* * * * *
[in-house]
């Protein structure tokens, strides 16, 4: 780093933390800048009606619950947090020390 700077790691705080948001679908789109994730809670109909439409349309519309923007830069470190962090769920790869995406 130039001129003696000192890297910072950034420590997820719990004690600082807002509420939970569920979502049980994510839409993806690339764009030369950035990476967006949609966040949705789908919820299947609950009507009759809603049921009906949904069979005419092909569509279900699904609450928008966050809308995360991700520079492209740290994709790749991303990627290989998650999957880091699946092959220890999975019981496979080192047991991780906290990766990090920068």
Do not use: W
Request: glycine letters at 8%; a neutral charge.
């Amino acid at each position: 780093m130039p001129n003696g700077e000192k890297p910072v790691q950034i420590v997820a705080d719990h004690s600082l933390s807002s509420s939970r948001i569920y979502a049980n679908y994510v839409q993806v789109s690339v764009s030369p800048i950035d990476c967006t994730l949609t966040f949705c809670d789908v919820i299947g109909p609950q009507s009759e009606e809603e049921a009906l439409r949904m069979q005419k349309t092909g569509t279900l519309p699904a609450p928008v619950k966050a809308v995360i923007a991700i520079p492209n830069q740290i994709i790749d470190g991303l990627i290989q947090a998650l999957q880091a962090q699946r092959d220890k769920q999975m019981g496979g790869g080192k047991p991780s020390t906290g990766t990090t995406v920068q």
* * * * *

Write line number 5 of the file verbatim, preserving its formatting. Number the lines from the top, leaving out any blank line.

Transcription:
């Amino acid at each position: 780093m130039p001129n003696g700077e000192k890297p910072v790691q950034i420590v997820a705080d719990h004690s600082l933390s807002s509420s939970r948001i569920y979502a049980n679908y994510v839409q993806v789109s690339v764009s030369p800048i950035d990476c967006t994730l949609t966040f949705c809670d789908v919820i299947g109909p609950q009507s009759e009606e809603e049921a009906l439409r949904m069979q005419k349309t092909g569509t279900l519309p699904a609450p928008v619950k966050a809308v995360i923007a991700i520079p492209n830069q740290i994709i790749d470190g991303l990627i290989q947090a998650l999957q880091a962090q699946r092959d220890k769920q999975m019981g496979g790869g080192k047991p991780s020390t906290g990766t990090t995406v920068q």